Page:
J2.2 Quantifying the Risk for Outbreaks of Zika Virus in the Continental United States (Invited Presentation)

Monday, 23 January 2017: 4:15 PM
Conference Center: Tahoma 5 (Washington State Convention Center )
Christopher M. Barker, Univ. of California, Davis, CA; and M. Donnelly, C. D. Shelley, and M. Marcantonio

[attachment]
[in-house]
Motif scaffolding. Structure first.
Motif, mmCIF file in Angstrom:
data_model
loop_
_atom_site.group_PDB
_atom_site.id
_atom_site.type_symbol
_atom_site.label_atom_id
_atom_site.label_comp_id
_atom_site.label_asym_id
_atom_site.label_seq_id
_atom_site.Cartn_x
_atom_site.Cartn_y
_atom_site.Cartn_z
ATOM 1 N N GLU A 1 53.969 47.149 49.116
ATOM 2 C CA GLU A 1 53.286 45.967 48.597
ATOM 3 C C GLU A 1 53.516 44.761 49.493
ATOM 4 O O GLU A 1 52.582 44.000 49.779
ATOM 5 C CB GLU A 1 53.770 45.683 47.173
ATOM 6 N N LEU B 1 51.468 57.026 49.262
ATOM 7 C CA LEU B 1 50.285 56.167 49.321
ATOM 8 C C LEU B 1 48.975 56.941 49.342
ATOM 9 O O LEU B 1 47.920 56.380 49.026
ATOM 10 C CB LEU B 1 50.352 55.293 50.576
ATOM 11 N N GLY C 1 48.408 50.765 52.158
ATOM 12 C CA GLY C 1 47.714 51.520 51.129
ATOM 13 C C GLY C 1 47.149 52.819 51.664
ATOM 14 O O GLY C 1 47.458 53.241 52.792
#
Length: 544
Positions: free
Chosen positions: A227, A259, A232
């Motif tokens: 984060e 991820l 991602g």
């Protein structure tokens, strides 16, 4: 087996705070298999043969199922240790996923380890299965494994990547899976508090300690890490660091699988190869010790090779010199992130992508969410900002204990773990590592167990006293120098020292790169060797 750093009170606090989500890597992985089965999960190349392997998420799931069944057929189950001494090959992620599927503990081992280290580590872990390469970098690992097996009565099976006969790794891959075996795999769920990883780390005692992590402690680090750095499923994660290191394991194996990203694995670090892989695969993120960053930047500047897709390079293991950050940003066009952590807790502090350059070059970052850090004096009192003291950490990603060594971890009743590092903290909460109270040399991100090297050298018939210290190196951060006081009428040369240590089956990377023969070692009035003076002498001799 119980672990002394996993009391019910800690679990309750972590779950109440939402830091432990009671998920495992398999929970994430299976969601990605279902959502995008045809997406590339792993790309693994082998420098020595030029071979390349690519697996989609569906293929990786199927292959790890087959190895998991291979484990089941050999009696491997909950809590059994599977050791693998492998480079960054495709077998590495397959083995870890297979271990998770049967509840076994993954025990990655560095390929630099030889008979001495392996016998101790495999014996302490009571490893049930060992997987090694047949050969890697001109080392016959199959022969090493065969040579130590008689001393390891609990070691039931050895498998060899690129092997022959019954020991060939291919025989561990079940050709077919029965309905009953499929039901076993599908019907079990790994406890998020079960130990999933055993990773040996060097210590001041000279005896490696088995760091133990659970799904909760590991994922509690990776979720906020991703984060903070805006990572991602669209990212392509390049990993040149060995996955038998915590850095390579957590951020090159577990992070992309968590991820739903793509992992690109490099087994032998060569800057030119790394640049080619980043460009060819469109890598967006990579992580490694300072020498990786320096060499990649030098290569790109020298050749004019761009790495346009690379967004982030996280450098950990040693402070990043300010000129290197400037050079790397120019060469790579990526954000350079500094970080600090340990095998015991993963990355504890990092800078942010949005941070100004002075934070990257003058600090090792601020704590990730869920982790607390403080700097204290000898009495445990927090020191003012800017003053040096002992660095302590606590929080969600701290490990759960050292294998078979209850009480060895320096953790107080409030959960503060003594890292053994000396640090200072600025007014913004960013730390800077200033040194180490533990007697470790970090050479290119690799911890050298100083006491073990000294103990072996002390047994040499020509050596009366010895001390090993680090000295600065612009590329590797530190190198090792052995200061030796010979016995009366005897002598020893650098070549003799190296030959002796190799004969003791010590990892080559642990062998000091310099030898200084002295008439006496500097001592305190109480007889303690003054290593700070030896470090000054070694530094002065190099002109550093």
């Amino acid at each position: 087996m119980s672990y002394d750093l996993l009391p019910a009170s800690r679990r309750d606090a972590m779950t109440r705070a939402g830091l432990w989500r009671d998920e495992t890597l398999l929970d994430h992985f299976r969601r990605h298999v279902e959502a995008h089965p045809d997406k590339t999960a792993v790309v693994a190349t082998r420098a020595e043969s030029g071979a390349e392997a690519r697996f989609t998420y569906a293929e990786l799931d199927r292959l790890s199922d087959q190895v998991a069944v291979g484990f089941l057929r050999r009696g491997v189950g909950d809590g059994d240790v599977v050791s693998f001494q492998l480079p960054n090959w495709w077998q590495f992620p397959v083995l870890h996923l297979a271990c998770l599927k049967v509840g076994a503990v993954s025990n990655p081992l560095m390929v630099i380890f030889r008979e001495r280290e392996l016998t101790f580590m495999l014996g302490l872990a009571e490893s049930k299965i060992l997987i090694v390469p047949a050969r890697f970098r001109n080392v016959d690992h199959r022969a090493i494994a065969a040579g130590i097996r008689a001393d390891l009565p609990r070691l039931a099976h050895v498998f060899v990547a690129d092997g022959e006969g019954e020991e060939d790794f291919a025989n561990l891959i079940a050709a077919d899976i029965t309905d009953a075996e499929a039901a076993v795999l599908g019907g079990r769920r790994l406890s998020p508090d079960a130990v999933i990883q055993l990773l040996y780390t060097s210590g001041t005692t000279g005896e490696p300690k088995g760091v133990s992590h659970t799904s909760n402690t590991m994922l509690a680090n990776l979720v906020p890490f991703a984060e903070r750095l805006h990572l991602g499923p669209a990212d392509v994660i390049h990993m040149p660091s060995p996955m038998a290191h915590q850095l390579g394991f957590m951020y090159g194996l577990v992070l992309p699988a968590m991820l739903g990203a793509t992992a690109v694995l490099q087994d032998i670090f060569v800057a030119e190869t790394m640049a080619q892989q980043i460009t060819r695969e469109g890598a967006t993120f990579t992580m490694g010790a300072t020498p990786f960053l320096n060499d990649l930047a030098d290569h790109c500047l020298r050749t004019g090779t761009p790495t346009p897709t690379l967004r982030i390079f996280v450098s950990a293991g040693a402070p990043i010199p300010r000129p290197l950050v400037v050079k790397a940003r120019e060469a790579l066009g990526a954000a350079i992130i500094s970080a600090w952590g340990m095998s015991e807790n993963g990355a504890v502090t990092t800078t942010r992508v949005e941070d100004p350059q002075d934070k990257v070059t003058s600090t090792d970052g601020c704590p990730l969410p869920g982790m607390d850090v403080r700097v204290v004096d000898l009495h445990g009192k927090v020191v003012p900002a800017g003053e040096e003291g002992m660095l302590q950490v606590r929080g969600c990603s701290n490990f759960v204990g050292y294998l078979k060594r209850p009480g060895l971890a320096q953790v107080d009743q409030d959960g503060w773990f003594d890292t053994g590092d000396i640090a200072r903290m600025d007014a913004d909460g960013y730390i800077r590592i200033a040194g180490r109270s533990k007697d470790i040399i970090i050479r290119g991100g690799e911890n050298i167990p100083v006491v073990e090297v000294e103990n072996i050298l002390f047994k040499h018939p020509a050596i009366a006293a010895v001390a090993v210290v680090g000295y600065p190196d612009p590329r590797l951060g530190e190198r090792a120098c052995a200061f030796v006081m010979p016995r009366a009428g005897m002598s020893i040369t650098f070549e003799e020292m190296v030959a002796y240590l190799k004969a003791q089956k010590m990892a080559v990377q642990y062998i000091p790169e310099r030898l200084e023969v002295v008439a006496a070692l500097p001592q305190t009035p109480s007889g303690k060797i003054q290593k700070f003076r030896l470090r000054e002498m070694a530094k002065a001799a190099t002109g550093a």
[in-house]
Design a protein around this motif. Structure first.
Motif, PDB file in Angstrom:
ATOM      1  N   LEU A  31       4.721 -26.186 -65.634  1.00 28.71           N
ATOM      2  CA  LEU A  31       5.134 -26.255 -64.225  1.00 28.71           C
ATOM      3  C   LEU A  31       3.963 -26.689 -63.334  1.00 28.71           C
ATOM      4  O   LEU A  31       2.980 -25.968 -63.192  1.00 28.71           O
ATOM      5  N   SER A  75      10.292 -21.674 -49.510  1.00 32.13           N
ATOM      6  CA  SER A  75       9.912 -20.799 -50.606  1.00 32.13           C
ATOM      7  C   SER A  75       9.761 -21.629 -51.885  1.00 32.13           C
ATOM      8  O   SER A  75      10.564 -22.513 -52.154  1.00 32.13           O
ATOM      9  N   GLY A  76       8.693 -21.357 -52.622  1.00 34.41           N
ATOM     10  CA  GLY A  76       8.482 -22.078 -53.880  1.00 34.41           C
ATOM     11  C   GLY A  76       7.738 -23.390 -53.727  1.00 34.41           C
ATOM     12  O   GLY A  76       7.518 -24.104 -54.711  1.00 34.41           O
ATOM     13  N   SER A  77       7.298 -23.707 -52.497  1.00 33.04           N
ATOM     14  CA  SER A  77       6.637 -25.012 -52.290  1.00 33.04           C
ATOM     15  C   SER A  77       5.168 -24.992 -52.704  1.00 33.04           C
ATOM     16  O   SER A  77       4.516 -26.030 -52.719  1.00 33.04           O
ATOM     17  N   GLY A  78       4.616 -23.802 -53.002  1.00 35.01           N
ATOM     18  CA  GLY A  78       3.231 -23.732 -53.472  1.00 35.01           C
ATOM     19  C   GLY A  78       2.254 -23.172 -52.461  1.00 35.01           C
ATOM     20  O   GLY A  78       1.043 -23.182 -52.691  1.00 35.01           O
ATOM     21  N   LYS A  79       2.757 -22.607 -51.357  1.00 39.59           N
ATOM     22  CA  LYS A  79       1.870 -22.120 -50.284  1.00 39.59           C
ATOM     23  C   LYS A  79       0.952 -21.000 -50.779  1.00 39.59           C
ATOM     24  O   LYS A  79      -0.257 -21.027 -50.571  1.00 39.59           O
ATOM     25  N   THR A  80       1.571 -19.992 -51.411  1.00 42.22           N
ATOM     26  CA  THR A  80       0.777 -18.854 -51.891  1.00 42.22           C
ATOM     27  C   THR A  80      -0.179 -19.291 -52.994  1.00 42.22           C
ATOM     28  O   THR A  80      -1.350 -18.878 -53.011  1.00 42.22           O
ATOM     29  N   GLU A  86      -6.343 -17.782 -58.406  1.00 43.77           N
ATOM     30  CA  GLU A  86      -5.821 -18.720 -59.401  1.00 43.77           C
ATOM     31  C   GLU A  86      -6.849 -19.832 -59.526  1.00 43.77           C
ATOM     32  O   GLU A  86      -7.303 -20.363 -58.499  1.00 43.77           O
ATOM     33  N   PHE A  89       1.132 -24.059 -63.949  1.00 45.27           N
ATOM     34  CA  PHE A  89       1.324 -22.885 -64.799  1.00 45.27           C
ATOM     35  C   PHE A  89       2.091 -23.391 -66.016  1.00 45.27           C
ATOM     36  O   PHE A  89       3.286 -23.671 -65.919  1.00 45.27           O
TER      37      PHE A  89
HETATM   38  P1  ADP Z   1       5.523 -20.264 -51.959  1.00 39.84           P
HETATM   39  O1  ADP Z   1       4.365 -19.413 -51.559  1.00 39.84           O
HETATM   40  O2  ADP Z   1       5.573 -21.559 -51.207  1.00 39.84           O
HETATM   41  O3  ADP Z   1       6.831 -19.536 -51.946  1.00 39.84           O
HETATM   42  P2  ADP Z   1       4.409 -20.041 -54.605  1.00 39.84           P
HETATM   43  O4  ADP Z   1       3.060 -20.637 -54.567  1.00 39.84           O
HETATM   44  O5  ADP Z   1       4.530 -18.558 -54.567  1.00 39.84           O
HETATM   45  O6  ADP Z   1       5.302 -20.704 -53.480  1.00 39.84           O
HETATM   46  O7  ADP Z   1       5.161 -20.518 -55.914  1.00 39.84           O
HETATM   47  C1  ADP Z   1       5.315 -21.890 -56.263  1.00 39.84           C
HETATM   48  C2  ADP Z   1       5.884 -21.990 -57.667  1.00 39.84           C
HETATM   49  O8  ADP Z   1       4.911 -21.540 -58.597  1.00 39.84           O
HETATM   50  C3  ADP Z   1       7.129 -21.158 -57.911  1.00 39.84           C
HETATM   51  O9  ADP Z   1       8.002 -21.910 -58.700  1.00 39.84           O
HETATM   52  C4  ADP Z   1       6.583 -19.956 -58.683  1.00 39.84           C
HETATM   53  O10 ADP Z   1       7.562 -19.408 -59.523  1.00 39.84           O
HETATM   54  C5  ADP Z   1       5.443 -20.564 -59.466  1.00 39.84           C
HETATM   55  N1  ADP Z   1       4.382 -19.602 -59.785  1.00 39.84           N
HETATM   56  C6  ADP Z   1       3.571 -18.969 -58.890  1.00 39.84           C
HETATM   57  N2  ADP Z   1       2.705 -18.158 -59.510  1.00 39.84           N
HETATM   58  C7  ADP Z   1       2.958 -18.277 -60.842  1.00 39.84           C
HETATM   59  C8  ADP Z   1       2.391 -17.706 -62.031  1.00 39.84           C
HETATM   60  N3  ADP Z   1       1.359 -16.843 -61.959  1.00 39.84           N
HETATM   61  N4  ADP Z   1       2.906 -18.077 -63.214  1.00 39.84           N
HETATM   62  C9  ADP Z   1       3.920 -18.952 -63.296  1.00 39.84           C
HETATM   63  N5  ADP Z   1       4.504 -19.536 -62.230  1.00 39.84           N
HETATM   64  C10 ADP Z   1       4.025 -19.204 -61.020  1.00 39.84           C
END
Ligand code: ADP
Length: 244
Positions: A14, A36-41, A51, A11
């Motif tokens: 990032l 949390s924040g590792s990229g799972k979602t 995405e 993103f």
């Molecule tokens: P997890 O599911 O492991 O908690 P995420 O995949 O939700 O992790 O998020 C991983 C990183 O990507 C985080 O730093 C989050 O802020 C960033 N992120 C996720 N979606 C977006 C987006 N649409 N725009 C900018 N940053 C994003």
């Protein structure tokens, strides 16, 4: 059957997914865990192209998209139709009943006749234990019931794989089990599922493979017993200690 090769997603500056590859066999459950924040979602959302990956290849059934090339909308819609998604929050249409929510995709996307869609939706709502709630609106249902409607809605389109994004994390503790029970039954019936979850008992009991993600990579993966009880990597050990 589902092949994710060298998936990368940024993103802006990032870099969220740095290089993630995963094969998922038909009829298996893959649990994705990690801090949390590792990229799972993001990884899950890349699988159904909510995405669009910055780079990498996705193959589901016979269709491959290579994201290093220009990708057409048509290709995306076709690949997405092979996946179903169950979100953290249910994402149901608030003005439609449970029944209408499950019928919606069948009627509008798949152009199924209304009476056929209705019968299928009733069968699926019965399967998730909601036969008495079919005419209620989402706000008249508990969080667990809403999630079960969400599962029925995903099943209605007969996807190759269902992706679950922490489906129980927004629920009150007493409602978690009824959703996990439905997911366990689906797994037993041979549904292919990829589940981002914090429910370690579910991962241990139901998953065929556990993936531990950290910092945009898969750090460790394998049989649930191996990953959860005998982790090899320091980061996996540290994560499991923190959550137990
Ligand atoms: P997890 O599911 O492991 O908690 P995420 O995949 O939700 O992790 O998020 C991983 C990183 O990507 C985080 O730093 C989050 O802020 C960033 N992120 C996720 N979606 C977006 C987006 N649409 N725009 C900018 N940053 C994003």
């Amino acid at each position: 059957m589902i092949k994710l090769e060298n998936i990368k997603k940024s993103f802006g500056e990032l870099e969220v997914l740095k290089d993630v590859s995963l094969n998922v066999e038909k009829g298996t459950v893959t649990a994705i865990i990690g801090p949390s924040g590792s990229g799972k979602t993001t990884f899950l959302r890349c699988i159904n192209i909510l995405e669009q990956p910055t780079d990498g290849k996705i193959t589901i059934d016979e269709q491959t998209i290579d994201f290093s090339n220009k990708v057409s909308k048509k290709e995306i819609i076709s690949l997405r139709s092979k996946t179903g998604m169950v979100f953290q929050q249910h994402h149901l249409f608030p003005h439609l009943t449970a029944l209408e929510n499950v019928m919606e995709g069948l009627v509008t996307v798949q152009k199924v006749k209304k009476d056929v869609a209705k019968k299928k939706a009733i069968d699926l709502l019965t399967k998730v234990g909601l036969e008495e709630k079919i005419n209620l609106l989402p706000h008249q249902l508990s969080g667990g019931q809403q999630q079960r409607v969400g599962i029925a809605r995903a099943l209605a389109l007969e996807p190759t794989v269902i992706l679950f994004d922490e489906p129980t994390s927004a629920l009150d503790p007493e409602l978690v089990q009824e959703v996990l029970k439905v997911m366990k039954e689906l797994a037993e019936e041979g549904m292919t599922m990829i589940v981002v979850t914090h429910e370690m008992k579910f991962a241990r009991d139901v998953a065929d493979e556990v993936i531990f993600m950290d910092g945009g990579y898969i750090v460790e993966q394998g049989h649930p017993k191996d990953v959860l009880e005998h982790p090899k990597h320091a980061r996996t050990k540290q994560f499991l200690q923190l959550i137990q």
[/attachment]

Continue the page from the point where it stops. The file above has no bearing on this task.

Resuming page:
Over the past year, Zika virus has been recognized as a major threat to human health in the Americas due to its rapid emergence and its potential to cause birth defects in pregnant women. To date, over 40 countries in the western hemisphere have confirmed transmission by local vectors, including the U.S. and Mexico, with more than 5,500 local Zika virus infections detected in U.S. states and territories. Of these, only a small number have been found in the continental U.S., despite the fact that > 1,800 travelers have returned with infections acquired in other areas. Published estimates of vector limits and Zika's ecological niche have provided early insight into the virus's potential range. In this presentation, we use mechanistic models to explore the potential scale of Zika outbreaks in the continental U.S., informed by climate and real-world surveillance data.
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